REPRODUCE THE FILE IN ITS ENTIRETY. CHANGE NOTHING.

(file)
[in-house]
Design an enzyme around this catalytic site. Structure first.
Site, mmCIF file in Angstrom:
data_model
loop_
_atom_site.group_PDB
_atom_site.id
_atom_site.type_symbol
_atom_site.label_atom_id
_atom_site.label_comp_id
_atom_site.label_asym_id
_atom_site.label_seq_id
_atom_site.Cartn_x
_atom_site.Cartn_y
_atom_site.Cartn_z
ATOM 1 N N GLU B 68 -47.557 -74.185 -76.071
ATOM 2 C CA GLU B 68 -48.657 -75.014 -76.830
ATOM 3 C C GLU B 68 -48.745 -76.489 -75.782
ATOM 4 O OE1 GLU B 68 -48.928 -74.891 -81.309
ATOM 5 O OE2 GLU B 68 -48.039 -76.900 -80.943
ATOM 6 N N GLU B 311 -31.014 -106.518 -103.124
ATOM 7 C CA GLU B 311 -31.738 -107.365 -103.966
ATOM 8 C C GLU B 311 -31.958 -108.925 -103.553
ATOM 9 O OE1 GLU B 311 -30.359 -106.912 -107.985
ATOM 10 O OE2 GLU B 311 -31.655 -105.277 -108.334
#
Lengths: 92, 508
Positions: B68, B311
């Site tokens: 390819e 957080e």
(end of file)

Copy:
[in-house]
Design an enzyme around this catalytic site. Structure first.
Site, mmCIF file in Angstrom:
data_model
loop_
_atom_site.group_PDB
_atom_site.id
_atom_site.type_symbol
_atom_site.label_atom_id
_atom_site.label_comp_id
_atom_site.label_asym_id
_atom_site.label_seq_id
_atom_site.Cartn_x
_atom_site.Cartn_y
_atom_site.Cartn_z
ATOM 1 N N GLU B 68 -47.557 -74.185 -76.071
ATOM 2 C CA GLU B 68 -48.657 -75.014 -76.830
ATOM 3 C C GLU B 68 -48.745 -76.489 -75.782
ATOM 4 O OE1 GLU B 68 -48.928 -74.891 -81.309
ATOM 5 O OE2 GLU B 68 -48.039 -76.900 -80.943
ATOM 6 N N GLU B 311 -31.014 -106.518 -103.124
ATOM 7 C CA GLU B 311 -31.738 -107.365 -103.966
ATOM 8 C C GLU B 311 -31.958 -108.925 -103.553
ATOM 9 O OE1 GLU B 311 -30.359 -106.912 -107.985
ATOM 10 O OE2 GLU B 311 -31.655 -105.277 -108.334
#
Lengths: 92, 508
Positions: B68, B311
């Site tokens: 390819e 957080e």